Donovan and I went through a rough patch this last month. We came to one of those inevitable forks in the long-term relationship road–greater commitment, or separation?–and I thought that we might part. We divided the animals. (Clover goes with me, of course; Stella, with Donovan. The cat’s a toss-up, as we’re equally adoring of and annoyed by her.) After a few days of pondering and talking, we realized we just needed to focus on building not one, but two tiny houses (which leads to even greater commitment!). Even if we mostly live in just one of them, we need to have our separate (tiny) spaces. Once that was decided, things have felt much smoother and on-track, though we’re looking at a greater task. The burden of tiny co-habitation has been lifted! I am now enthusiastically involved in researching, taking notes, and designing (and infinitely re-designing) a house to suit my own needs, and so is he. We have proven to ourselves once again that we can work well together and create a fun and functional space out of very little, with our work on the shipping container/shop/studio. And we’ve been learning much about how cozy and efficient and perfectly adequate a small space can be!
Our most recent actual work on the shipping container was to build a shed roof to work under–a necessary feature in the hot, humid summers of the South. Donovan designed it so that it can be easily dismantled and transported when we are ready to move on. The roof can be separated into three pieces, and the galvanized steel posts (which we threaded to fit into custom-welded pieces at the top and bottom) come apart. We also sealed the roof of the container and an overlapping transition piece linking the shed roof with liquid silicone, which easily rolled on. The white color will help reflect some sun light, and we should have a rain-tight structure now!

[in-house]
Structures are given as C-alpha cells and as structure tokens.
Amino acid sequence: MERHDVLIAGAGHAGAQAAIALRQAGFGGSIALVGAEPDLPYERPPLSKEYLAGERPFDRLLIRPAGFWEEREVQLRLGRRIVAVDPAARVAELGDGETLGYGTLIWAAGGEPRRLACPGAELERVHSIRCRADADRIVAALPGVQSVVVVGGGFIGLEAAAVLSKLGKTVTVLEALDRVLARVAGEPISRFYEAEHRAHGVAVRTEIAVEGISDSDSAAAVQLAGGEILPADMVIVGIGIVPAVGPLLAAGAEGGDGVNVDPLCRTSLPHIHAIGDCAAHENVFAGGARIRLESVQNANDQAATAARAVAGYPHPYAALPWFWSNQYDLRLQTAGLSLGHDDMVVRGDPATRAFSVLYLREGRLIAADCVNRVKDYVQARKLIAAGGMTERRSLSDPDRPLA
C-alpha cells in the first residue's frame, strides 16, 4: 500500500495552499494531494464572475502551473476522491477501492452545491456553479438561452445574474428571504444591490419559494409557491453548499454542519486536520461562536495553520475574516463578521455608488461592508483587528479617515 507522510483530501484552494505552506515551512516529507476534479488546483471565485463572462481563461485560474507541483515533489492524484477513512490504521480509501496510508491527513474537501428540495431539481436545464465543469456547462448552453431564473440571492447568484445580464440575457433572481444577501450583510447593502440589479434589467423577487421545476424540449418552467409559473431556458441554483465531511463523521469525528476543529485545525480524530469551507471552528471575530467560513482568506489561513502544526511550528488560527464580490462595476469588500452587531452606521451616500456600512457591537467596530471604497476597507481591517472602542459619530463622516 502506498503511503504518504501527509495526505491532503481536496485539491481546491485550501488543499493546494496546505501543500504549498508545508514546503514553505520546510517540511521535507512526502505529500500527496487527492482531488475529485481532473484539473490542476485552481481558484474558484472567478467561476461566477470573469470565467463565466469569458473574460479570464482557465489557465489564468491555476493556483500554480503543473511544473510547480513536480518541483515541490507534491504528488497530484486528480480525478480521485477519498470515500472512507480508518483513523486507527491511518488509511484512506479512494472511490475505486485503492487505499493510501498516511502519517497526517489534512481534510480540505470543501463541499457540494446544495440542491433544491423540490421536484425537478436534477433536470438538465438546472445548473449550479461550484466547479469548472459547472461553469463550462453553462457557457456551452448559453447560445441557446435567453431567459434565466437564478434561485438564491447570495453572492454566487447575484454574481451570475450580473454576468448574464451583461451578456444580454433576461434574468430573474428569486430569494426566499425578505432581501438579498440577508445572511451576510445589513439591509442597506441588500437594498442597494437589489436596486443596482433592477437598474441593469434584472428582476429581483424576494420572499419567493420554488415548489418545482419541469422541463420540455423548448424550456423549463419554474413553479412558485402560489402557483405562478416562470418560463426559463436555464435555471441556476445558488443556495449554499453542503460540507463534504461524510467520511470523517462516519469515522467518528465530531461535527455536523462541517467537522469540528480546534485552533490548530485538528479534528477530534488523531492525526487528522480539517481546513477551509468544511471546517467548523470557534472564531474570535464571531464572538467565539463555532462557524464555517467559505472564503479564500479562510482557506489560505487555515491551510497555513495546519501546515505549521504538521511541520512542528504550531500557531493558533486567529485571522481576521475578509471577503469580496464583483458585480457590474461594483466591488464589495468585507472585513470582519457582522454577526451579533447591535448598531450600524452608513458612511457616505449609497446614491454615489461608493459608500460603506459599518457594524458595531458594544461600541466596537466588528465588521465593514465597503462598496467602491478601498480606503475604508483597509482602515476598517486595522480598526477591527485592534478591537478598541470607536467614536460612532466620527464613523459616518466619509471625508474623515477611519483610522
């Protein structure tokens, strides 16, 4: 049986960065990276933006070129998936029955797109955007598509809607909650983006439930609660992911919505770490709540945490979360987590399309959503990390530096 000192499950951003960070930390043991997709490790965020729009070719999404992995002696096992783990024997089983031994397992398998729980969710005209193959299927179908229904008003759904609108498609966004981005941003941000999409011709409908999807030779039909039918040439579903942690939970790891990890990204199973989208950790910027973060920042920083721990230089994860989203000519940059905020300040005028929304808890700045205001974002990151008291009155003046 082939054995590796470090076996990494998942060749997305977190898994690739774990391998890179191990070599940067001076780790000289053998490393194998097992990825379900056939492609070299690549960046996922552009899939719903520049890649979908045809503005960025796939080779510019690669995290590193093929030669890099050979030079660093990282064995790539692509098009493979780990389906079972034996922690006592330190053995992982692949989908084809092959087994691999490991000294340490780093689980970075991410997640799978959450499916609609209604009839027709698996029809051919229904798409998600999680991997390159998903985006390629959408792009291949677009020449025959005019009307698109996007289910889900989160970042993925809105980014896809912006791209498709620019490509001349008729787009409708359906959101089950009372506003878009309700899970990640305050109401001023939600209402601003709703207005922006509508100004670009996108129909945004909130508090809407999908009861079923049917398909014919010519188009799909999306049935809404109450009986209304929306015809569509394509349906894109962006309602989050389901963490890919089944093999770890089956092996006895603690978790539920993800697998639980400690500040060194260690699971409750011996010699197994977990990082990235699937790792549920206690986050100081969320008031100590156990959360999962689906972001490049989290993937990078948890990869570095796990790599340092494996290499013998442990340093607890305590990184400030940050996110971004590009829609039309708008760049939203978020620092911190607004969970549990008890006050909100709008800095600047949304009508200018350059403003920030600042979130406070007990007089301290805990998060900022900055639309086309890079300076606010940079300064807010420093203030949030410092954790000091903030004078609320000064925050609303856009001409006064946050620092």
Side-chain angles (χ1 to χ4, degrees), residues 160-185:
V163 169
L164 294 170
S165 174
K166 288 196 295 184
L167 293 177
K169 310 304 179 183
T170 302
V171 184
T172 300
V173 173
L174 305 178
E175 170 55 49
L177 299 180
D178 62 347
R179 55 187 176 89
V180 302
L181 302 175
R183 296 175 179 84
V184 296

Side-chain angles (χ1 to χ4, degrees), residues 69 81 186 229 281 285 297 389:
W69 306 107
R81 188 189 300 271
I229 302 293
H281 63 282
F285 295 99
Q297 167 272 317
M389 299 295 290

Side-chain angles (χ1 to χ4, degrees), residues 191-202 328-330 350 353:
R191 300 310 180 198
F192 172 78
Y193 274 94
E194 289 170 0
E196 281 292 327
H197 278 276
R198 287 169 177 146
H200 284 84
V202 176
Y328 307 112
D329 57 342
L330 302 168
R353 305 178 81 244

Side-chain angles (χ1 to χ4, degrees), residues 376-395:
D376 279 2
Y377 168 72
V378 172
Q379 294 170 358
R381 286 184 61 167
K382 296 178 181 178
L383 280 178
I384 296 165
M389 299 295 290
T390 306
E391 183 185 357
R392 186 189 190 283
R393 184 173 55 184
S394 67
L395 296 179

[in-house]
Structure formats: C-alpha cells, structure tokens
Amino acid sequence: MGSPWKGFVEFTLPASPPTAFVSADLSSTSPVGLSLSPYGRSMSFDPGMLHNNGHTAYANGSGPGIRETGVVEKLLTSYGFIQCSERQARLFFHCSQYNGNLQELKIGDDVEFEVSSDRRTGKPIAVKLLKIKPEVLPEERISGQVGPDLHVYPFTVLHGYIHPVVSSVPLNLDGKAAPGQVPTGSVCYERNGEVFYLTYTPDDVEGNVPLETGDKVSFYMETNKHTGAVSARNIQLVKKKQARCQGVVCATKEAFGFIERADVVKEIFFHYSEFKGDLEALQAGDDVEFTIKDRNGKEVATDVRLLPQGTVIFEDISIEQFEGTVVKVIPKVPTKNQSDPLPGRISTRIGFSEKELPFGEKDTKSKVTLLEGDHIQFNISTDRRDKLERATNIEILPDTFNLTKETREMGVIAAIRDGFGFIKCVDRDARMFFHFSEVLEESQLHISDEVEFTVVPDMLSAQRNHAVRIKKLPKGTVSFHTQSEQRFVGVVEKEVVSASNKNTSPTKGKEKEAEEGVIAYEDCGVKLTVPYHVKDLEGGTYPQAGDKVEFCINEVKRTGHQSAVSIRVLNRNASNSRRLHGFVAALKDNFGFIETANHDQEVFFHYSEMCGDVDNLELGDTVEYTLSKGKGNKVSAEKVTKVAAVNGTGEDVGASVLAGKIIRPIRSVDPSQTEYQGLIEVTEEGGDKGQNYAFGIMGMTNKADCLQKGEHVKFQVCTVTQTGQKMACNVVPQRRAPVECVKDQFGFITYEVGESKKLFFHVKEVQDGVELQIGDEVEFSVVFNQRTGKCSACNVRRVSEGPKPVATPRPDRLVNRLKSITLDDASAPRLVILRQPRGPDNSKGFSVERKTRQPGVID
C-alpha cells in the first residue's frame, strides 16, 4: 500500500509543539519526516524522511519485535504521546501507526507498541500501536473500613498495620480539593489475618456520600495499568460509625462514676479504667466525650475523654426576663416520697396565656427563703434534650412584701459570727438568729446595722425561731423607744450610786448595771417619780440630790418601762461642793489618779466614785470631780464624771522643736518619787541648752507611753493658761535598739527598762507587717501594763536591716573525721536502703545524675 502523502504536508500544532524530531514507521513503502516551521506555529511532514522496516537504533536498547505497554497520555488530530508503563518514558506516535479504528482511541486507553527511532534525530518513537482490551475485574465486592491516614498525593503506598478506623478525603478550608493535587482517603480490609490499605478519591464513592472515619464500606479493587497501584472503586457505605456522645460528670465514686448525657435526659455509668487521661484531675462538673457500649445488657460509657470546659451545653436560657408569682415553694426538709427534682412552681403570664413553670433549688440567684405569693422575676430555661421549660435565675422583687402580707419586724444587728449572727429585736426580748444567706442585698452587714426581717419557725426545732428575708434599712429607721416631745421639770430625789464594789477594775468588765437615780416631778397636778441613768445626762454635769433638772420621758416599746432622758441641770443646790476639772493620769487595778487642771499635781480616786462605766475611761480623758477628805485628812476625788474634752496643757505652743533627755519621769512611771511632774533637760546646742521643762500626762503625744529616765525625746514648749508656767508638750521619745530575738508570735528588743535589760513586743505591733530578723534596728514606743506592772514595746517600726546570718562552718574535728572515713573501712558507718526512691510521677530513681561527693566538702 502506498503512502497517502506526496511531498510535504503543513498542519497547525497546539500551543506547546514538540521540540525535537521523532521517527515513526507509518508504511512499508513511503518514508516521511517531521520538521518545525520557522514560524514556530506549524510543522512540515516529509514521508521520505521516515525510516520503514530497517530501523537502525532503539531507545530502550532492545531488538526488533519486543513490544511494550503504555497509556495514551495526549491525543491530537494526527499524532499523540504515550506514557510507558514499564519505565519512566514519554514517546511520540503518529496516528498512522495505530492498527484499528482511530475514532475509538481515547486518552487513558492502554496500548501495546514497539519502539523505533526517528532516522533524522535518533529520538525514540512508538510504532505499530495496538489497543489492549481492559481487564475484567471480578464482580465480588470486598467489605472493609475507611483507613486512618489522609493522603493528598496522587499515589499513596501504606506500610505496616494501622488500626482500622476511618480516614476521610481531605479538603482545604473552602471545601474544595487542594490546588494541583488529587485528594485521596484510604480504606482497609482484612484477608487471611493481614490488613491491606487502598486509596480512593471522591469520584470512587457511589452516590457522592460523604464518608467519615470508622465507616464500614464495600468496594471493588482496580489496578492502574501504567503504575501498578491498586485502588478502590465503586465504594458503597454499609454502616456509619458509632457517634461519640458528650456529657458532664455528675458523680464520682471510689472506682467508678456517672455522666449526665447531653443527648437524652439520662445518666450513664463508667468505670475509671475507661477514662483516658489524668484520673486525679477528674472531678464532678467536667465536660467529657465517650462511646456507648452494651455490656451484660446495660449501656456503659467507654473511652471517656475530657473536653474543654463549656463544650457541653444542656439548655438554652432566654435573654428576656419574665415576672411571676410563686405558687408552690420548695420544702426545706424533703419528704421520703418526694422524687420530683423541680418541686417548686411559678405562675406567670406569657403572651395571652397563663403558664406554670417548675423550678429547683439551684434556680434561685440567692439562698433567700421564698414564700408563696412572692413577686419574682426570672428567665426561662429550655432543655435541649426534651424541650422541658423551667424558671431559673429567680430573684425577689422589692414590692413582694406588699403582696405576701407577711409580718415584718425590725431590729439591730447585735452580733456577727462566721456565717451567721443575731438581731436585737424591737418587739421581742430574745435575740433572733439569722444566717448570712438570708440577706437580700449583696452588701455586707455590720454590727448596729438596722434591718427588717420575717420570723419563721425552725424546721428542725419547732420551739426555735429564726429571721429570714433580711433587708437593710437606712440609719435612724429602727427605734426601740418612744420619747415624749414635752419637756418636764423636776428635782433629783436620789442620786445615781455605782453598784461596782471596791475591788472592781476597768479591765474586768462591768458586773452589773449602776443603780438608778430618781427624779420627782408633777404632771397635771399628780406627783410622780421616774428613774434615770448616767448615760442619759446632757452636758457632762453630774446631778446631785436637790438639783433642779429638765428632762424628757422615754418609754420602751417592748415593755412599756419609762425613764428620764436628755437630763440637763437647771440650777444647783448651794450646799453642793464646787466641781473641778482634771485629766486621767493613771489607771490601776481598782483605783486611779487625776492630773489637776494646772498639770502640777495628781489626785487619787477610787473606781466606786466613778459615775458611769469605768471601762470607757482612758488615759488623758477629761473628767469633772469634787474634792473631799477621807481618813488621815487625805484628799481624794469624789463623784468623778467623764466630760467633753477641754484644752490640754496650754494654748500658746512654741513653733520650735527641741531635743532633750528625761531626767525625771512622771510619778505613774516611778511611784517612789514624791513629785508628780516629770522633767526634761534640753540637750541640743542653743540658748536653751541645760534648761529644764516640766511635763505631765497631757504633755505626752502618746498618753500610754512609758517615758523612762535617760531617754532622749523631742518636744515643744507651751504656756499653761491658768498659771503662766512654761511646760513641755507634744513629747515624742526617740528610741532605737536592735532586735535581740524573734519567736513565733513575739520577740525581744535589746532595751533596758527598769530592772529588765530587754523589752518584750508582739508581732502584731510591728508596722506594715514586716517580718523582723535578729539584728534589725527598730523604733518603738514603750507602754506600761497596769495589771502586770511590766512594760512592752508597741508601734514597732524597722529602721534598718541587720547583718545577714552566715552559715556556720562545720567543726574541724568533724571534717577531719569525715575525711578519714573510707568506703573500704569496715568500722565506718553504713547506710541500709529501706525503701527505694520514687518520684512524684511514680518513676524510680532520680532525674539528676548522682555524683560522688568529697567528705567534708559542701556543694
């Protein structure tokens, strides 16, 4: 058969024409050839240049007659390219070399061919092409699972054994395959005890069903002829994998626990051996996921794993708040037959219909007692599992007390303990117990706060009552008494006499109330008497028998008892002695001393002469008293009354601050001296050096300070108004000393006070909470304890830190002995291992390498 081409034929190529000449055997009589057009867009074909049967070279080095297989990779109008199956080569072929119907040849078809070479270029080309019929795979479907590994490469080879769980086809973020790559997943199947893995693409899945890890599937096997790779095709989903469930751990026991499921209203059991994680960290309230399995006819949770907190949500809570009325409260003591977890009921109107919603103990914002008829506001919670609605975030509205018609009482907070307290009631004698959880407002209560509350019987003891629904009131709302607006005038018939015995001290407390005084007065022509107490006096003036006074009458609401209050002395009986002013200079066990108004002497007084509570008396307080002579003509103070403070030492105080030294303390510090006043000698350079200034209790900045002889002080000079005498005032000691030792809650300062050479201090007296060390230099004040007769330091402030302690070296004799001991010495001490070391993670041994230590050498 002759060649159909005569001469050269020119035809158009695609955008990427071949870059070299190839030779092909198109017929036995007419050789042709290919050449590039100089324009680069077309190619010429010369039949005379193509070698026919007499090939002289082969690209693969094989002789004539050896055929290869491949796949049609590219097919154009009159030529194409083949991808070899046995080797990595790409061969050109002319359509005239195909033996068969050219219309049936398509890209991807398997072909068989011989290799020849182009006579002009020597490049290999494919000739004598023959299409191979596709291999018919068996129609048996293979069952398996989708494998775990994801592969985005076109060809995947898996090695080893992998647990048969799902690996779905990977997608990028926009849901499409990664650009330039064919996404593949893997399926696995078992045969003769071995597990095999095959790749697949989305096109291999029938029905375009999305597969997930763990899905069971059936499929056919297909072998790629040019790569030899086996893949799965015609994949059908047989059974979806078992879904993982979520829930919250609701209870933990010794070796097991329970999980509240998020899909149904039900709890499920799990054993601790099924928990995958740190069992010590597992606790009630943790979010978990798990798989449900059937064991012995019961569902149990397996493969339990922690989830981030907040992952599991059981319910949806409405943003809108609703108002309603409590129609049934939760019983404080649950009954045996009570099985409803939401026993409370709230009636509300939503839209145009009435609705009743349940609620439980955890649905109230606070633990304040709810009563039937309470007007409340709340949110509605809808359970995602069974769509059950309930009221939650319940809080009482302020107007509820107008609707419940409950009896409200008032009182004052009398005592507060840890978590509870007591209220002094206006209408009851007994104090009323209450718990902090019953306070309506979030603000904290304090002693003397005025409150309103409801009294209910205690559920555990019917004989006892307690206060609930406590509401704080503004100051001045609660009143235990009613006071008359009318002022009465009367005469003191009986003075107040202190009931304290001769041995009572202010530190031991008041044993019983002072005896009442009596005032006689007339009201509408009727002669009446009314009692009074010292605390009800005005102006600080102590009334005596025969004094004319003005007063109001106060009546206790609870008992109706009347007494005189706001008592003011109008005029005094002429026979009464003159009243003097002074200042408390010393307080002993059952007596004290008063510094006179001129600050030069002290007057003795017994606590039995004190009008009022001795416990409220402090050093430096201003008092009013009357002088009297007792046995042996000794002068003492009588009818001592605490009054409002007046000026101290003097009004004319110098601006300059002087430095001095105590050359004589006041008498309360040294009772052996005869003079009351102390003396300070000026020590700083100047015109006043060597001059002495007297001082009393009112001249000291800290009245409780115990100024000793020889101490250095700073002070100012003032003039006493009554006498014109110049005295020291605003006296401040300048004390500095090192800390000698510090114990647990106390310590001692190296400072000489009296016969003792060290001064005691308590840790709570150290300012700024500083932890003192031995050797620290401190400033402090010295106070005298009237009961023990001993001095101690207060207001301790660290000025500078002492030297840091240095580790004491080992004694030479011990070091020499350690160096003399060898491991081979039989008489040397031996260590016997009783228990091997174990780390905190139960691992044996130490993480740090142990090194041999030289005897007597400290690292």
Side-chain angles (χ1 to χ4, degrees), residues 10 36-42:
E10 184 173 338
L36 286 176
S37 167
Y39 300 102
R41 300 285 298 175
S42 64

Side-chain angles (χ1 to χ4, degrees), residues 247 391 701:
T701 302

Last night I realized I was sleeping with four other beings in the roughly 400-square-foot house, a number that surprised me, because it felt so spacious and quiet. Cosmos kitty lay between Donovan and me, Stella was on a rug next to the bed, and Clover snored on his blanket in the next room. The payoffs of staying in a much smaller space are immense. The time and energy it takes to care for our yard and house are greatly reduced, as are our rent, utilities, and carbon footprint. At the same time, our quality of life, living in closer relationship with our neighbors, has risen. We’ve shared many meals with our neighbors, and we’ve enjoyed being able to run back home to get the beer we forgot and walking back home under the stars at the end of the night. We’ve also borrowed tools and gotten advice and labor with our building projects, and we’ve shared our wheelbarrow and even our cars. We feel much more in alignment with our values, and we are so grateful to live in a beautiful place, close to town, with many like-minded folks (as well as dogs, cats, a horse, birds, rabbits, and other wildlife).
So lately I’ve been staying up half the night with a measuring tape and a pen and paper, drawing numerous versions of my tiny house. There are a surprising number of variations in an eight-and-a-half by twenty-foot space. There are a few elements that I feel sure of–having a double kitchen sink and plenty of counter space, a small under-counter fridge, a simple bucket compost toilet, a bathtub, and a big bed—but many elements I’m unsure of. Stairs or a ladder to the upper loft(s)? Then there are the details like colors and flooring and siding, and the research projects of the electrical and plumbing systems. I want to stick with a small, easily moveable structure, even though I don’t see doing any long-term traveling with the house. It is all very exciting, and I see a huge learning curve ahead. Because I’m a person that enjoys and excels at making do with what I have, I am itching to search for materials, which might help to inform my design.
Building and designing structures and negotiating new aspects of semi-communal living, from keeping the peace with the neighboring dogs, to car-sharing, to lawn maintenance standards, makes for quite the learning adventure. I’m grateful to be sharing this with Donovan, and with you, friendly readers!